Ray Zhou graduated valedictorian of his 2012 class at Amador Valley High School and is currently a sophomore at Stanford University. In the season of college applications and acceptances, Ray gives some advice for high school students.
1. What do you think makes you different from other students?
I don’t actually think anything makes myself innately different from other students. I definitely don’t feel inherently smarter or more creative. I struggled with assignments, tests, and other challenges just like everyone else. Something that I did take pride in, though, was my initiative to work on things I became passionate about. I was never afraid to ask for help. I sought guidance from great mentors before me, many of whom eventually became among my closest friends.
2. What do you think is the most important thing for college applications?
I think grades and test scores are an important foundation for any college applicant. In today’s competitive landscape, those numbers are important just for getting your foot in the door. But alone they’re not enough anymore because there are too many qualified and talented applicants. The most important thing outside of these academic numbers isn’t how many club leadership positions you can hold, or how many medals you can win, but how your work contributes to a unique high school story you can tell. When you apply to college, your essays are basically an unique story affected by your experiences in high school. A long list of bullet items is not enough to impress college admission officers at a top tier university.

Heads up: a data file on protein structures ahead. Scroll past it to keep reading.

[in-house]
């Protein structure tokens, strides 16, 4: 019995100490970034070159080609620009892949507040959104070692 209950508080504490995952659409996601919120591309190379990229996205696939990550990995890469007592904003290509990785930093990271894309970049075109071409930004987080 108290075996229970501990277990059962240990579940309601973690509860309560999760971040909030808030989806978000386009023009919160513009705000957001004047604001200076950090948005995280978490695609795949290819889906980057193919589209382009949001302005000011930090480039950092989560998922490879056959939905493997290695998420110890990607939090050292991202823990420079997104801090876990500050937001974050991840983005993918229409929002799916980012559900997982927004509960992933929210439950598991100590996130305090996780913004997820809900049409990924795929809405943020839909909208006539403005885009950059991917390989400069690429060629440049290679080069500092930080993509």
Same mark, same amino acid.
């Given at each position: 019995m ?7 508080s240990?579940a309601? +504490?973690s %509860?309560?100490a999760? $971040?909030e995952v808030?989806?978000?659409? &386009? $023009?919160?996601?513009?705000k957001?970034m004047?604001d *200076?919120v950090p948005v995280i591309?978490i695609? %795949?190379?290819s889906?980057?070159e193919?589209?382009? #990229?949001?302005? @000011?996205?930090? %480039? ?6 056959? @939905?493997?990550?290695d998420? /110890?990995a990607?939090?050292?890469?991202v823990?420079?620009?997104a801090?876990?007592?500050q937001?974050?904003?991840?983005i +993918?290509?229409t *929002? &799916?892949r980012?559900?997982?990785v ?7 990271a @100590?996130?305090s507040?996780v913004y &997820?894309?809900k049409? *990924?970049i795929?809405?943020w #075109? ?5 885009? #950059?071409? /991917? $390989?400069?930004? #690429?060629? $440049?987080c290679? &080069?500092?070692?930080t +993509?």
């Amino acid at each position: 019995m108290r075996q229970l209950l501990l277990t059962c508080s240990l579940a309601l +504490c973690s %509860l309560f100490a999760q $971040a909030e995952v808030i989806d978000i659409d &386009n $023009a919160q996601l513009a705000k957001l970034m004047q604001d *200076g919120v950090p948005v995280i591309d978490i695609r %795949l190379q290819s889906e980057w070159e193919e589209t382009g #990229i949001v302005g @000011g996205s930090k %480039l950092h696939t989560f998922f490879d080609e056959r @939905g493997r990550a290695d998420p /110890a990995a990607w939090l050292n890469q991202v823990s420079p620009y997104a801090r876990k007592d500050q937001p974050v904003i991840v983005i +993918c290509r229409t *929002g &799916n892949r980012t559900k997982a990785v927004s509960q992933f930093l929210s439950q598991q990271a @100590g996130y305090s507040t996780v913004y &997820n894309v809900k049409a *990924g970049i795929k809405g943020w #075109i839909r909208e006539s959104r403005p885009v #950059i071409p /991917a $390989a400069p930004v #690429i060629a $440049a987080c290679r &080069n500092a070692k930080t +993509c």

3. What makes someone who gets into an ivy different from others?
Honestly, almost nothing at all. The school that you attend will not dictate what kind of person you become. That’s something for you to decide. The process of finding yourself is always going to be building upon itself. Internally, most Ivy League schools are diverse, not monochromatic – that’s why you hear all of this emphasis on diversity and uniqueness when you apply in the first place.
4. Do you have any advice for current high schoolers in general?
Don’t waste your high school career re-living someone else’s experience, or re-walking someone else’s footsteps. Don’t seek out clubs or activities just because your friends do them, or just because they are generally considered well-established at your own school. Discover what you want to pursue, and pursue it. In fact, if you’re really interested in coding and you can’t find that opportunity at your school, you know what you should do? Start your own coding club. There are a lot of opportunities out there and all it takes is your own initiative to find them. So don’t hold yourself back.
High school is a great time to find your own path in life. As Ray said, you decide who you become. All the choices and mistakes made in our life are helping us to become a better person. Although college attendance is important in this society, the university you attend does not set you on a path of failure or success. You are free to change paths at anytime, anywhere.